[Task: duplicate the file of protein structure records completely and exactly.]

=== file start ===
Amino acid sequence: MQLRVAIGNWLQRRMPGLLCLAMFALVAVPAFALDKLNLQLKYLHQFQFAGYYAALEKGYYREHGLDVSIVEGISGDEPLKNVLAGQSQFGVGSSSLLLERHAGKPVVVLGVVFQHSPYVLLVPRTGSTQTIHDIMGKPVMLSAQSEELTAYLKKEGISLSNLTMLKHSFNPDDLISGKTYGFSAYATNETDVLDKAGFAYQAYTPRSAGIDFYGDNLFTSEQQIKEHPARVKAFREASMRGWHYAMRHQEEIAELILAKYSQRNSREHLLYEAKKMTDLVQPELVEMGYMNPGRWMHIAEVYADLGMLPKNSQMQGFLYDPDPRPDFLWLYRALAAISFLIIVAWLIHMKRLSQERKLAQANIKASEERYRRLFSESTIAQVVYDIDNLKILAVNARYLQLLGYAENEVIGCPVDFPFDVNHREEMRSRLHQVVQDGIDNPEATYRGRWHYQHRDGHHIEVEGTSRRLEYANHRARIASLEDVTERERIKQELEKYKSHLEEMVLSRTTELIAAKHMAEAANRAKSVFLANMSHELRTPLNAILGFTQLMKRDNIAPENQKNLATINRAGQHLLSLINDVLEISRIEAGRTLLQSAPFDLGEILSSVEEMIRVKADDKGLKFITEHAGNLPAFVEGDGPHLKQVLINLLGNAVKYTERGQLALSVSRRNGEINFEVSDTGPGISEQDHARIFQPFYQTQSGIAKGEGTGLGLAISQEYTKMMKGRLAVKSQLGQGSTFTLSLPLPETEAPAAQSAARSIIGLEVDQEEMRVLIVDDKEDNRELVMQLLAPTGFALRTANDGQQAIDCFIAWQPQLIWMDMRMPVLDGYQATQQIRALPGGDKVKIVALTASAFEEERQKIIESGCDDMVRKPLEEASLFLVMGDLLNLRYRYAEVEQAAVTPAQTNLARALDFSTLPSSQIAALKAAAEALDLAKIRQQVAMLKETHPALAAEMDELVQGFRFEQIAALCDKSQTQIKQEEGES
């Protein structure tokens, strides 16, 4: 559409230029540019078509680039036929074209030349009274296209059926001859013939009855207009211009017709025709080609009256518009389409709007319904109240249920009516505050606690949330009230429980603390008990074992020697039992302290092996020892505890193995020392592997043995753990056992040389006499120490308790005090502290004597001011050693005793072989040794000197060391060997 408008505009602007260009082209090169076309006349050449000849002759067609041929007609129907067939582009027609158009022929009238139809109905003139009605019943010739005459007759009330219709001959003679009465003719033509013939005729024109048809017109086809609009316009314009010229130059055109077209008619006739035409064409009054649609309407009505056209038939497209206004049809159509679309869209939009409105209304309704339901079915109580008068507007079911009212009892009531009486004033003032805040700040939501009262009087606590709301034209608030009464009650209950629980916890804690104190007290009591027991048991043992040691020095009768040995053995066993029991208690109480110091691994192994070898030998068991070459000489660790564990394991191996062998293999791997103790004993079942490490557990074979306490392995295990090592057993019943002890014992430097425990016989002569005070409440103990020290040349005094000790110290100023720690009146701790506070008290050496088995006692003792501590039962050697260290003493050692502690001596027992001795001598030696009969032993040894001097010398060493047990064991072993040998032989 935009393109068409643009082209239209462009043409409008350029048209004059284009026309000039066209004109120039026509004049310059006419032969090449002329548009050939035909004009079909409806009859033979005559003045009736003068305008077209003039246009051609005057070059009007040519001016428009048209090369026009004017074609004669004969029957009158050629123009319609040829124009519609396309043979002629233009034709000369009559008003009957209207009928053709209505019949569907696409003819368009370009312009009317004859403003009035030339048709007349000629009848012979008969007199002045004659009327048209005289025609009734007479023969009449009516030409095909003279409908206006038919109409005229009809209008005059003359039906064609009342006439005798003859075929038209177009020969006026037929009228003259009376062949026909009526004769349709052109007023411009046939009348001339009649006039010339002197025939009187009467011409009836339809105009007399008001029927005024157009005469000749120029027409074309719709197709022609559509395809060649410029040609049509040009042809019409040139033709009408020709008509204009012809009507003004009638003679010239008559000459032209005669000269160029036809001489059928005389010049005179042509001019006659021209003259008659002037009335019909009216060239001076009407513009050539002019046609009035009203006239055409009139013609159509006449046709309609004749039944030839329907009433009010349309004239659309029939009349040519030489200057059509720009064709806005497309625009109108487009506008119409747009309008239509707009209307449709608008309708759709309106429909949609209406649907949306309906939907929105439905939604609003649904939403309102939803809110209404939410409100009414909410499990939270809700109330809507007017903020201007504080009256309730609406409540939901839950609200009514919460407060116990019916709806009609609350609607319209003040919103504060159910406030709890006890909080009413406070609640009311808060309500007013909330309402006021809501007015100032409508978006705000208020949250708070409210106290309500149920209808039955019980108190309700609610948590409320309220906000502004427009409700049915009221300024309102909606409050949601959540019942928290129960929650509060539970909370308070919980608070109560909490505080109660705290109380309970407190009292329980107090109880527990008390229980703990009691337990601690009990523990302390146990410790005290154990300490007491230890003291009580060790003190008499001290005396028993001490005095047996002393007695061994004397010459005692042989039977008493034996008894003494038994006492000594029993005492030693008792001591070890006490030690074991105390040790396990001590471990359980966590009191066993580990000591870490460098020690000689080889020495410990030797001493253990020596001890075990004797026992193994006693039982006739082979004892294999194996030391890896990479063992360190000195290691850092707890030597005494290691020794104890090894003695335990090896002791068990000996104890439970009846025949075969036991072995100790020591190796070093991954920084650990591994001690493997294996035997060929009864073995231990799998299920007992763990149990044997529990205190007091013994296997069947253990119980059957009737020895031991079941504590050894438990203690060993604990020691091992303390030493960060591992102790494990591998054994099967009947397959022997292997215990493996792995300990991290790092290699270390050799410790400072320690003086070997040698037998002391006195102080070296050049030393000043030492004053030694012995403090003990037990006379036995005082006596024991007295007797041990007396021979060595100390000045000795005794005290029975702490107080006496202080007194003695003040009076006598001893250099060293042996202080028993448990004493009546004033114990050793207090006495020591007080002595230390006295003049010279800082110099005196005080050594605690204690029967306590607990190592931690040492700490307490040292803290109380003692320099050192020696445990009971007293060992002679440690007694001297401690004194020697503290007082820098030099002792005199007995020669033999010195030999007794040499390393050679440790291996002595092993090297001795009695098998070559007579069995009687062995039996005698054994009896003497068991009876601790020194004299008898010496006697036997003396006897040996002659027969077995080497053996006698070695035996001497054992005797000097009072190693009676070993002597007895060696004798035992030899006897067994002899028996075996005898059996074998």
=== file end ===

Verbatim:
Amino acid sequence: MQLRVAIGNWLQRRMPGLLCLAMFALVAVPAFALDKLNLQLKYLHQFQFAGYYAALEKGYYREHGLDVSIVEGISGDEPLKNVLAGQSQFGVGSSSLLLERHAGKPVVVLGVVFQHSPYVLLVPRTGSTQTIHDIMGKPVMLSAQSEELTAYLKKEGISLSNLTMLKHSFNPDDLISGKTYGFSAYATNETDVLDKAGFAYQAYTPRSAGIDFYGDNLFTSEQQIKEHPARVKAFREASMRGWHYAMRHQEEIAELILAKYSQRNSREHLLYEAKKMTDLVQPELVEMGYMNPGRWMHIAEVYADLGMLPKNSQMQGFLYDPDPRPDFLWLYRALAAISFLIIVAWLIHMKRLSQERKLAQANIKASEERYRRLFSESTIAQVVYDIDNLKILAVNARYLQLLGYAENEVIGCPVDFPFDVNHREEMRSRLHQVVQDGIDNPEATYRGRWHYQHRDGHHIEVEGTSRRLEYANHRARIASLEDVTERERIKQELEKYKSHLEEMVLSRTTELIAAKHMAEAANRAKSVFLANMSHELRTPLNAILGFTQLMKRDNIAPENQKNLATINRAGQHLLSLINDVLEISRIEAGRTLLQSAPFDLGEILSSVEEMIRVKADDKGLKFITEHAGNLPAFVEGDGPHLKQVLINLLGNAVKYTERGQLALSVSRRNGEINFEVSDTGPGISEQDHARIFQPFYQTQSGIAKGEGTGLGLAISQEYTKMMKGRLAVKSQLGQGSTFTLSLPLPETEAPAAQSAARSIIGLEVDQEEMRVLIVDDKEDNRELVMQLLAPTGFALRTANDGQQAIDCFIAWQPQLIWMDMRMPVLDGYQATQQIRALPGGDKVKIVALTASAFEEERQKIIESGCDDMVRKPLEEASLFLVMGDLLNLRYRYAEVEQAAVTPAQTNLARALDFSTLPSSQIAALKAAAEALDLAKIRQQVAMLKETHPALAAEMDELVQGFRFEQIAALCDKSQTQIKQEEGES
């Protein structure tokens, strides 16, 4: 559409230029540019078509680039036929074209030349009274296209059926001859013939009855207009211009017709025709080609009256518009389409709007319904109240249920009516505050606690949330009230429980603390008990074992020697039992302290092996020892505890193995020392592997043995753990056992040389006499120490308790005090502290004597001011050693005793072989040794000197060391060997 408008505009602007260009082209090169076309006349050449000849002759067609041929007609129907067939582009027609158009022929009238139809109905003139009605019943010739005459007759009330219709001959003679009465003719033509013939005729024109048809017109086809609009316009314009010229130059055109077209008619006739035409064409009054649609309407009505056209038939497209206004049809159509679309869209939009409105209304309704339901079915109580008068507007079911009212009892009531009486004033003032805040700040939501009262009087606590709301034209608030009464009650209950629980916890804690104190007290009591027991048991043992040691020095009768040995053995066993029991208690109480110091691994192994070898030998068991070459000489660790564990394991191996062998293999791997103790004993079942490490557990074979306490392995295990090592057993019943002890014992430097425990016989002569005070409440103990020290040349005094000790110290100023720690009146701790506070008290050496088995006692003792501590039962050697260290003493050692502690001596027992001795001598030696009969032993040894001097010398060493047990064991072993040998032989 935009393109068409643009082209239209462009043409409008350029048209004059284009026309000039066209004109120039026509004049310059006419032969090449002329548009050939035909004009079909409806009859033979005559003045009736003068305008077209003039246009051609005057070059009007040519001016428009048209090369026009004017074609004669004969029957009158050629123009319609040829124009519609396309043979002629233009034709000369009559008003009957209207009928053709209505019949569907696409003819368009370009312009009317004859403003009035030339048709007349000629009848012979008969007199002045004659009327048209005289025609009734007479023969009449009516030409095909003279409908206006038919109409005229009809209008005059003359039906064609009342006439005798003859075929038209177009020969006026037929009228003259009376062949026909009526004769349709052109007023411009046939009348001339009649006039010339002197025939009187009467011409009836339809105009007399008001029927005024157009005469000749120029027409074309719709197709022609559509395809060649410029040609049509040009042809019409040139033709009408020709008509204009012809009507003004009638003679010239008559000459032209005669000269160029036809001489059928005389010049005179042509001019006659021209003259008659002037009335019909009216060239001076009407513009050539002019046609009035009203006239055409009139013609159509006449046709309609004749039944030839329907009433009010349309004239659309029939009349040519030489200057059509720009064709806005497309625009109108487009506008119409747009309008239509707009209307449709608008309708759709309106429909949609209406649907949306309906939907929105439905939604609003649904939403309102939803809110209404939410409100009414909410499990939270809700109330809507007017903020201007504080009256309730609406409540939901839950609200009514919460407060116990019916709806009609609350609607319209003040919103504060159910406030709890006890909080009413406070609640009311808060309500007013909330309402006021809501007015100032409508978006705000208020949250708070409210106290309500149920209808039955019980108190309700609610948590409320309220906000502004427009409700049915009221300024309102909606409050949601959540019942928290129960929650509060539970909370308070919980608070109560909490505080109660705290109380309970407190009292329980107090109880527990008390229980703990009691337990601690009990523990302390146990410790005290154990300490007491230890003291009580060790003190008499001290005396028993001490005095047996002393007695061994004397010459005692042989039977008493034996008894003494038994006492000594029993005492030693008792001591070890006490030690074991105390040790396990001590471990359980966590009191066993580990000591870490460098020690000689080889020495410990030797001493253990020596001890075990004797026992193994006693039982006739082979004892294999194996030391890896990479063992360190000195290691850092707890030597005494290691020794104890090894003695335990090896002791068990000996104890439970009846025949075969036991072995100790020591190796070093991954920084650990591994001690493997294996035997060929009864073995231990799998299920007992763990149990044997529990205190007091013994296997069947253990119980059957009737020895031991079941504590050894438990203690060993604990020691091992303390030493960060591992102790494990591998054994099967009947397959022997292997215990493996792995300990991290790092290699270390050799410790400072320690003086070997040698037998002391006195102080070296050049030393000043030492004053030694012995403090003990037990006379036995005082006596024991007295007797041990007396021979060595100390000045000795005794005290029975702490107080006496202080007194003695003040009076006598001893250099060293042996202080028993448990004493009546004033114990050793207090006495020591007080002595230390006295003049010279800082110099005196005080050594605690204690029967306590607990190592931690040492700490307490040292803290109380003692320099050192020696445990009971007293060992002679440690007694001297401690004194020697503290007082820098030099002792005199007995020669033999010195030999007794040499390393050679440790291996002595092993090297001795009695098998070559007579069995009687062995039996005698054994009896003497068991009876601790020194004299008898010496006697036997003396006897040996002659027969077995080497053996006698070695035996001497054992005797000097009072190693009676070993002597007895060696004798035992030899006897067994002899028996075996005898059996074998």